O’Keefe, a right-wing activist who gained fame and notoriety for his sting operations against liberal groups, launched Project Veritas in 2010. He left the organization earlier this year amid allegations of improper spending of funds on personal luxuries. He was replaced by Giles as CEO, who has overseen the rapid decline of the once well-funded group that has in recent months struggled with layoffs, the resignations of board members, and fundraising struggles.

Earlier this month, Mediaite reported on an internal meeting during which Giles said the organization was “bankrupt.”

One of the journalists let go in the bloodletting on Wednesday is Bobby Harr, a former lead investigative reporter with Project Veritas. Harr told Mediaite he was “confused” when he was officially laid off on a phone call with Giles and Kiyak Wednesday afternoon – because he had already been let go from the organization last month.

“I was confused by this as my job was actually cut during the first round of layoffs while I was on medical leave,” he said. “I was locked out of my work phone and laptop as of that day and my paychecks stopped.”

Christian Hartsock, the former chief investigative journalist at Project Veritas who was laid off in August, said he was shocked to learn the organization was still running.

“I have no idea what ‘operations’ there are to suspend,” Hartsock told Mediaite.

Giles, he said, “canned the entire production staff of a production company, and the entire journalist leadership staff of a journalism company over a month ago. So what exact ‘operations’ has she been continuing with remaining donor money — given for the sole purpose of journalism production — for the past month?”

Harr said the collapse of Project Veritas has not come as a surprise given the events of recent weeks.

“Suspending operations is one of those things that we all knew was coming after the mass layoffs occurred, but still cut like a knife when it officially happened,” Harr said. “Lack of funding and poor management amplified the damage that James O’Keefe already did to the organization prior to the days of Hannah Giles, who then delivered the final blow.”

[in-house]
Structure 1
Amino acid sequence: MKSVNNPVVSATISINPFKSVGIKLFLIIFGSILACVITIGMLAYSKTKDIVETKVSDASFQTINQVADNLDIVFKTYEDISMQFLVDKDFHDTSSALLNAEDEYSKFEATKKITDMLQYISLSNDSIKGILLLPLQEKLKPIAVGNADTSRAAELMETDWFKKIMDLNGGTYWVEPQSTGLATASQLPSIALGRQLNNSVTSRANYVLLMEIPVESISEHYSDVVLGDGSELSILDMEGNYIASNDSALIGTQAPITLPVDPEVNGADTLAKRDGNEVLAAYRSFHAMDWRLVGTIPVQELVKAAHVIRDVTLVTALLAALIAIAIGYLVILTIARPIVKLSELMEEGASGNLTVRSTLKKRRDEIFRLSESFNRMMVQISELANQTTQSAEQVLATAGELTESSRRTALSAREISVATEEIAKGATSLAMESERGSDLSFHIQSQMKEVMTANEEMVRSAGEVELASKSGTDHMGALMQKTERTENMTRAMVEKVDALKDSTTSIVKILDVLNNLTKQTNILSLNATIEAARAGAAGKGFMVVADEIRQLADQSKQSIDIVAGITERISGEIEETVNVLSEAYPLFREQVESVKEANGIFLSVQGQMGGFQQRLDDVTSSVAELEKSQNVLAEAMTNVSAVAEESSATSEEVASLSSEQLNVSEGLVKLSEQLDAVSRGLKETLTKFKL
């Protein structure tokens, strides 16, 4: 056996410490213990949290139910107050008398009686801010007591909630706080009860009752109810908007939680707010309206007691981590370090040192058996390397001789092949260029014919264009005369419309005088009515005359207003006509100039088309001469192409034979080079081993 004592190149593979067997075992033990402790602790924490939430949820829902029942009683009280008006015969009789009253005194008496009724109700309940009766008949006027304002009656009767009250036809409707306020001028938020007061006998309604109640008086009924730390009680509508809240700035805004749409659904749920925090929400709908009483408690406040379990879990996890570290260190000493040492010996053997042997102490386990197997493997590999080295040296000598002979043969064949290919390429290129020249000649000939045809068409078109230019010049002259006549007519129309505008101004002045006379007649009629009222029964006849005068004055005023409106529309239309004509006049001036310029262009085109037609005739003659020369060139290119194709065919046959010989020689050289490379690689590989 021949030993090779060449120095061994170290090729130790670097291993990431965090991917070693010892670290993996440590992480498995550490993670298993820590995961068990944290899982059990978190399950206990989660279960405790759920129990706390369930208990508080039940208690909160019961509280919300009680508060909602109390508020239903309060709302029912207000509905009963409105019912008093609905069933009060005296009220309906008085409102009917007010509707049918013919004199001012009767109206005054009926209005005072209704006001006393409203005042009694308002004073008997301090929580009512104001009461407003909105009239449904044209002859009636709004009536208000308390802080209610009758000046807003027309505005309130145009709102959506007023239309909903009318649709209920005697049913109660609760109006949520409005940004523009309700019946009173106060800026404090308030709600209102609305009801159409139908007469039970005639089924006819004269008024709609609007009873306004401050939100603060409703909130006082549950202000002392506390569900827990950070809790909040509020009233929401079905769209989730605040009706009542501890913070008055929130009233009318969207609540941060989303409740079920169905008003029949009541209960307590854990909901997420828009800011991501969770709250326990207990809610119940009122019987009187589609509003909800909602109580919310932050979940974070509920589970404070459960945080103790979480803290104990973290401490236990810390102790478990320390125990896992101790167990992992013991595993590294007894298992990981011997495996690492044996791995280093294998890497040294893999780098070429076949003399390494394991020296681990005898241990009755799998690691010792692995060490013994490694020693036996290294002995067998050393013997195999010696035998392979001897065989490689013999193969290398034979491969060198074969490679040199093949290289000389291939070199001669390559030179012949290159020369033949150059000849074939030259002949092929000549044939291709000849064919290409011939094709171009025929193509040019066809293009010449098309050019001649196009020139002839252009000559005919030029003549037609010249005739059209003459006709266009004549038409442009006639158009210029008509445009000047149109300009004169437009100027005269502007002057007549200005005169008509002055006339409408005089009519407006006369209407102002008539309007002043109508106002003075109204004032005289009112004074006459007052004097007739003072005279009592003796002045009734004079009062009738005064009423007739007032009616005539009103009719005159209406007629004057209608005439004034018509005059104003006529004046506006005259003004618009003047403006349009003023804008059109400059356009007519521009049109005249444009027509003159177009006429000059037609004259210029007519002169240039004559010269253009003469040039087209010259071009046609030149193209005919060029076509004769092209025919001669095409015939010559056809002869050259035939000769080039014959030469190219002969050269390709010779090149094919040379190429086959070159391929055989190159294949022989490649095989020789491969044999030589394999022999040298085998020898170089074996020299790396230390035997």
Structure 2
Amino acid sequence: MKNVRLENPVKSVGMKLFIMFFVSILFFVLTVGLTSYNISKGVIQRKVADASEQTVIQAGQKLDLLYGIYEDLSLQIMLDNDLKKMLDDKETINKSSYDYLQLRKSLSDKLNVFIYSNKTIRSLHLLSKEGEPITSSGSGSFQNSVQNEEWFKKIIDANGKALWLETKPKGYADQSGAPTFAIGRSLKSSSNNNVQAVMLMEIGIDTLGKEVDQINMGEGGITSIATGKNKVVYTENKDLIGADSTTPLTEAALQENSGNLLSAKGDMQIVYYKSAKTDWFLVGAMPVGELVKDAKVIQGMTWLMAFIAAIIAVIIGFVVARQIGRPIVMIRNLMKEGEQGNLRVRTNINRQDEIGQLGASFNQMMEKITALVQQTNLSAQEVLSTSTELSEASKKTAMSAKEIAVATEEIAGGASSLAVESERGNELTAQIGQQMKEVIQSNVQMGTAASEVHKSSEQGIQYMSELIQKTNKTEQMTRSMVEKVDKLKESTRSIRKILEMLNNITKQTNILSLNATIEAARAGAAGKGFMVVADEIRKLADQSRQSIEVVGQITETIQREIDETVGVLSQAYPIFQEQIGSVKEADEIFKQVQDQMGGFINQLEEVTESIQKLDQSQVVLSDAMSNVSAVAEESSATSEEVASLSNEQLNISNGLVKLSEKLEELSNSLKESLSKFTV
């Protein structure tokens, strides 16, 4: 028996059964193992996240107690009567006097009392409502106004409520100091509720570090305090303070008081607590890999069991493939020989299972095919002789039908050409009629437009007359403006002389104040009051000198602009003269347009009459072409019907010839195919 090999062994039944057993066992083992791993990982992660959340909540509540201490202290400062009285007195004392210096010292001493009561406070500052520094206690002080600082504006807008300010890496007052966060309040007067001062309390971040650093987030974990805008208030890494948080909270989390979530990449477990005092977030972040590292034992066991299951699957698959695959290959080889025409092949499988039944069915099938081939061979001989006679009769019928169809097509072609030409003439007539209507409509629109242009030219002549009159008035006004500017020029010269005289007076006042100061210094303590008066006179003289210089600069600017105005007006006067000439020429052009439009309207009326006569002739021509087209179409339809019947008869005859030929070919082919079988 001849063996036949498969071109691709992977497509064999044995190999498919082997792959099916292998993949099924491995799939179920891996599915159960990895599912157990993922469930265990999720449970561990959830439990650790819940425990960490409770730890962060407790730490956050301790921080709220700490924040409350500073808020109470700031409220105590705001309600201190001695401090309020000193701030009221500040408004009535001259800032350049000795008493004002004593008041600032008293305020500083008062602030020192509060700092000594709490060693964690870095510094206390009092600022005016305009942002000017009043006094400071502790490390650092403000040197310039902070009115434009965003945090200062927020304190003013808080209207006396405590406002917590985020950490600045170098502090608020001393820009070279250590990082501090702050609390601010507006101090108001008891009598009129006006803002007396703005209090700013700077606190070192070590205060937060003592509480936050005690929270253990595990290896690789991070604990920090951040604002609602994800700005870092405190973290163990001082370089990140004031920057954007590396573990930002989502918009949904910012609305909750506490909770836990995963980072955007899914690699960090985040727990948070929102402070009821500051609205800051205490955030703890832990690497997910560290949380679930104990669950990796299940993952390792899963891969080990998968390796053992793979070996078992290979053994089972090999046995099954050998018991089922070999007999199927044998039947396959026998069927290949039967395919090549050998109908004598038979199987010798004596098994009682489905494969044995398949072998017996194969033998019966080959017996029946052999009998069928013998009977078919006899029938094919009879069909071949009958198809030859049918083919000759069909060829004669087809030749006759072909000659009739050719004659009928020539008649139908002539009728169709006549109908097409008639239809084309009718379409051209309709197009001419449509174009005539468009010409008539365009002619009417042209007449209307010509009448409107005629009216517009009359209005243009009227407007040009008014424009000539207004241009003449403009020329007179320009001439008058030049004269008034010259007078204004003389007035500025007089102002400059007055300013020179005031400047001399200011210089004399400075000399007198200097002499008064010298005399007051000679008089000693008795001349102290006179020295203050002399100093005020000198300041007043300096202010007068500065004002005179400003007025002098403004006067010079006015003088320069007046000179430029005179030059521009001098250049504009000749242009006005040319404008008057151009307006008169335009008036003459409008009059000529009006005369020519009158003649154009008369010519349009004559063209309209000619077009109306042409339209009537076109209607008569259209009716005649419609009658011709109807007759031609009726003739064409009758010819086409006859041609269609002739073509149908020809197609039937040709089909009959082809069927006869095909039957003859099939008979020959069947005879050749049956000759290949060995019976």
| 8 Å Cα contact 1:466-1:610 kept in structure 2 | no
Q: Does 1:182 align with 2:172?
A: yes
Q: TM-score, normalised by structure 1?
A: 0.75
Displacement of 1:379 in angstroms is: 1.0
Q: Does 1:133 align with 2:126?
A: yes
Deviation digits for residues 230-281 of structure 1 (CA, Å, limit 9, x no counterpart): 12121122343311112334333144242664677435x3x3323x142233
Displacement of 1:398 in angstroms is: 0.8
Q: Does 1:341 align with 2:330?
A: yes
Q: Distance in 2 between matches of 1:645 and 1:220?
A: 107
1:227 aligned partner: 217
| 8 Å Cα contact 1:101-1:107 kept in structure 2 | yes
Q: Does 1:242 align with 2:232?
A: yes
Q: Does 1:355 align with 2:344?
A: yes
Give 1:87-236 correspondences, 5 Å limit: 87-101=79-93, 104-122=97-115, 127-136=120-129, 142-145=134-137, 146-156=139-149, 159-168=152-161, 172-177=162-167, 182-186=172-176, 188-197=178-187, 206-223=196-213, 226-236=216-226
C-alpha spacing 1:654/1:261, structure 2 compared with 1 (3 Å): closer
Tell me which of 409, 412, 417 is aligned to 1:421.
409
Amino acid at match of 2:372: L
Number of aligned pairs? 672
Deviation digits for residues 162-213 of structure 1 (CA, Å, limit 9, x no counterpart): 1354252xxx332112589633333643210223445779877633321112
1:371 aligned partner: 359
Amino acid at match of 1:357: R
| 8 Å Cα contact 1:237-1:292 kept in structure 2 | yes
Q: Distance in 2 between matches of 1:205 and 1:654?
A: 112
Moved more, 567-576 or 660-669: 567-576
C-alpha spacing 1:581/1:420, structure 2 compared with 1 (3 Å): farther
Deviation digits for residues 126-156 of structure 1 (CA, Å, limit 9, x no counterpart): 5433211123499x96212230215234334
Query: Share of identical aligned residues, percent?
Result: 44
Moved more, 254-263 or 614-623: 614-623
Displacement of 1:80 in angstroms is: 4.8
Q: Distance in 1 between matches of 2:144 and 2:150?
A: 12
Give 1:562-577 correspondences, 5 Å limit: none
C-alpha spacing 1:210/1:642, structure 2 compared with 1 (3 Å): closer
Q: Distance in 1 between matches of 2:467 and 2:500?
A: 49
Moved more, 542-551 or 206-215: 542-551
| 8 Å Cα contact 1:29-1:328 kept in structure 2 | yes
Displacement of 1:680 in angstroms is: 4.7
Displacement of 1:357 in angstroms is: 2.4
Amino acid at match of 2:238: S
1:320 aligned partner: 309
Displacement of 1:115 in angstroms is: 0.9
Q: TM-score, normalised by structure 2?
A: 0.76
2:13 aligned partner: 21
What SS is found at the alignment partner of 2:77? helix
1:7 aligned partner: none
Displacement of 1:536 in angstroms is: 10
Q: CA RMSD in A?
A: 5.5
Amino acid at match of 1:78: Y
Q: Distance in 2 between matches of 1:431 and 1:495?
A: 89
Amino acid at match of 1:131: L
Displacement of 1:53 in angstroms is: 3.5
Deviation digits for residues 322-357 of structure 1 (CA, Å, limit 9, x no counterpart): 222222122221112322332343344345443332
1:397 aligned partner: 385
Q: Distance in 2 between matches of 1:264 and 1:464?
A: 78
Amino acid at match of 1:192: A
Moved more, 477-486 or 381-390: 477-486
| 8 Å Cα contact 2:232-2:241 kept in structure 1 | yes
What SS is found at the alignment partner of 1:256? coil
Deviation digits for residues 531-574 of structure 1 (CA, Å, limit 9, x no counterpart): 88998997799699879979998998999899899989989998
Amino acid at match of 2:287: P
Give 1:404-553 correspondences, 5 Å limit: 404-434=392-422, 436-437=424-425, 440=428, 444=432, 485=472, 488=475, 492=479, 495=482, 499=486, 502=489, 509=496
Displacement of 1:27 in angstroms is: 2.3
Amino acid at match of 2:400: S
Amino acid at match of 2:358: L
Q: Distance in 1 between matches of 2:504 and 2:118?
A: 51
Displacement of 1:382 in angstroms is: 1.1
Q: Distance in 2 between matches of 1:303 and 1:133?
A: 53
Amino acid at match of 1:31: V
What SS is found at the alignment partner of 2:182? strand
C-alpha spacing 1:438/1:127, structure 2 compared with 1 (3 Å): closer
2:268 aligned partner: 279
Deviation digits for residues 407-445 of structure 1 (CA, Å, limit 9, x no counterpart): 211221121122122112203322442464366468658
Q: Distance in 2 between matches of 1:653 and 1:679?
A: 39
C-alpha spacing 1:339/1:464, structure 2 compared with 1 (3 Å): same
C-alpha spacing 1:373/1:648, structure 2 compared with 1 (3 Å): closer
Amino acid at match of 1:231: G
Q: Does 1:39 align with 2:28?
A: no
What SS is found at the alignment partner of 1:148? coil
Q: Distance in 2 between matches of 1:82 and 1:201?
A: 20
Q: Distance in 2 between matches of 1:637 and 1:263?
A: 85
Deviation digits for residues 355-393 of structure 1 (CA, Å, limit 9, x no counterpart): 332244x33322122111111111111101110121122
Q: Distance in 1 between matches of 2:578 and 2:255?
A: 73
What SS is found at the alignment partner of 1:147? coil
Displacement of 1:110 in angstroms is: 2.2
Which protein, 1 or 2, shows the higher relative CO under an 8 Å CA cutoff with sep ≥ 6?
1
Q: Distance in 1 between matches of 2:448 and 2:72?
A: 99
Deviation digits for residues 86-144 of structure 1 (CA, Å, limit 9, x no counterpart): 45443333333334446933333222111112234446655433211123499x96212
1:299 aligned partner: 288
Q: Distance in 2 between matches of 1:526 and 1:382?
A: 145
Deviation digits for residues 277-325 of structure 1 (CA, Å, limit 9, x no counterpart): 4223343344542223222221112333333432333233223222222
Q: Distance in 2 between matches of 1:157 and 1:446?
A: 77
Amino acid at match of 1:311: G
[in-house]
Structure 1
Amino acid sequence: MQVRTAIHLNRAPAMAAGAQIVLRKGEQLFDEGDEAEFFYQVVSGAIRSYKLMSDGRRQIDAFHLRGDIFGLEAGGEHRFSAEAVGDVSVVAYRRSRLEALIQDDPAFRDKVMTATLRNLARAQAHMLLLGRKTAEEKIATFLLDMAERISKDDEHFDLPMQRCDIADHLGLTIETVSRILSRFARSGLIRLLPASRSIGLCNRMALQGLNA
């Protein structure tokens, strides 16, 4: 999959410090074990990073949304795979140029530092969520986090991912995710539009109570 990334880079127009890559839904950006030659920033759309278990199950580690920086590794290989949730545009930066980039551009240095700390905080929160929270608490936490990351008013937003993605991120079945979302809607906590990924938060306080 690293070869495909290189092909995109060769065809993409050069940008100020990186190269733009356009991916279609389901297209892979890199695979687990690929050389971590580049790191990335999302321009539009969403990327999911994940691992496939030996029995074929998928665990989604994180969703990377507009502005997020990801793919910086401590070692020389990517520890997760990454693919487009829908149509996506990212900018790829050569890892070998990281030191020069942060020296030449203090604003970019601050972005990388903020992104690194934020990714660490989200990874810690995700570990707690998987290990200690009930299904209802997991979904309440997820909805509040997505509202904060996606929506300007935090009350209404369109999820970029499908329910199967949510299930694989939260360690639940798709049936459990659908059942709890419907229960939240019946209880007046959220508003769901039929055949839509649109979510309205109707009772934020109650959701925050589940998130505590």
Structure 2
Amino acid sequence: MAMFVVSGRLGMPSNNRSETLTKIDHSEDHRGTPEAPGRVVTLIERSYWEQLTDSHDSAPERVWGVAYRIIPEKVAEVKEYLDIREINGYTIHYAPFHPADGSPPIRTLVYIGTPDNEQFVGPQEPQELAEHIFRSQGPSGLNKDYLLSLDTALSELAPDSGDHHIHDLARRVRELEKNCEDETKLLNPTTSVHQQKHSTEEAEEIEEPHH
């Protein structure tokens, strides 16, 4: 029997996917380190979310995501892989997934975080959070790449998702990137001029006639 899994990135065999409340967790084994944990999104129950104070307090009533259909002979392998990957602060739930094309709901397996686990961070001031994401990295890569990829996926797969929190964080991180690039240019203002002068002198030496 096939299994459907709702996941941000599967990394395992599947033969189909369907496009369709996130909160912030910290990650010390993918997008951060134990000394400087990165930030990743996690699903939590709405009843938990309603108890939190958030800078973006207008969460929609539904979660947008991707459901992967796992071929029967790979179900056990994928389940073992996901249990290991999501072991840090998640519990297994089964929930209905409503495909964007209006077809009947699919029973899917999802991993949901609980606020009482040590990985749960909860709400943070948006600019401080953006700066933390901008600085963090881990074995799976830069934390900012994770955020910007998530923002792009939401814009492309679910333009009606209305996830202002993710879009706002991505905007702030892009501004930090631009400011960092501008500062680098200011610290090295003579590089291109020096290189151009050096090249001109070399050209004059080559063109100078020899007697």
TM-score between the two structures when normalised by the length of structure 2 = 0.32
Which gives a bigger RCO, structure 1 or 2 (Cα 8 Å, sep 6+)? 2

O’Keefe’s attorney Jeffrey Lichtman told Mediaite in a statement: “It appears that in the few months since Project Veritas ousted James, it continued to spend money at the same rate, blowing through the many millions of dollars James had previously raised for it — despite PV having no new sources of fundraising. This is highly suspect and we would welcome a full audit of PV’s finances to learn where that money was actually spent.”

Harr expressed disappointment with the mismanagement of the organization he spent more than three years working for.

“I was provided no severance pay,” he said. “The organization used to thrive and prosper. It’s truly sad to see what can happen to great opportunities with a surplus of resources when the wrong people are in power.”

It’s No Accident The Southern Border Is Collapsing, It’s Intentional.

A clip of comedian Louis C.K. on the Joe Rogan show has been circulating on X (formerly Twitter) this week in which he goes on and on about how opening up the southern border would be a good thing because Americans shouldn’t have such a high standard of living compared to the rest of the world, how poor people in other countries just want what Americans have, and how it’s not fair that we have so much. “It shouldn’t be so great here,” he says. So open the border and let them pour in.

It’s possible he’s joking, that it’s just a comedy bit he’s practicing. That’s what my friend Inez Stepman thinks. Get liberals to nod along in agreement and then expose the consequences of such an insane idea. You can judge for yourself:

I don’t think it comes off as a joke but as an almost perfect distillation of globalist liberalism. Louis C.K. cannot fathom why Americans should have a say about who comes into their country and who does not. He clearly has no real allegiance to his country or countrymen, and is actually embarrassed by their prosperity — and presumably his own as well.

There is nothing special about America, according to this view, and no reason the rest of the world should not enjoy her ill-gotten riches. Opening the border is the least we could do for the cause of justice.

Whether it’s a joke or not, the substance of what Louis C.K. articulates is the logical endpoint of leftist ideology. It’s what the mainstream left actually believes — and the Biden administration has been actively working to accomplish at the southern border.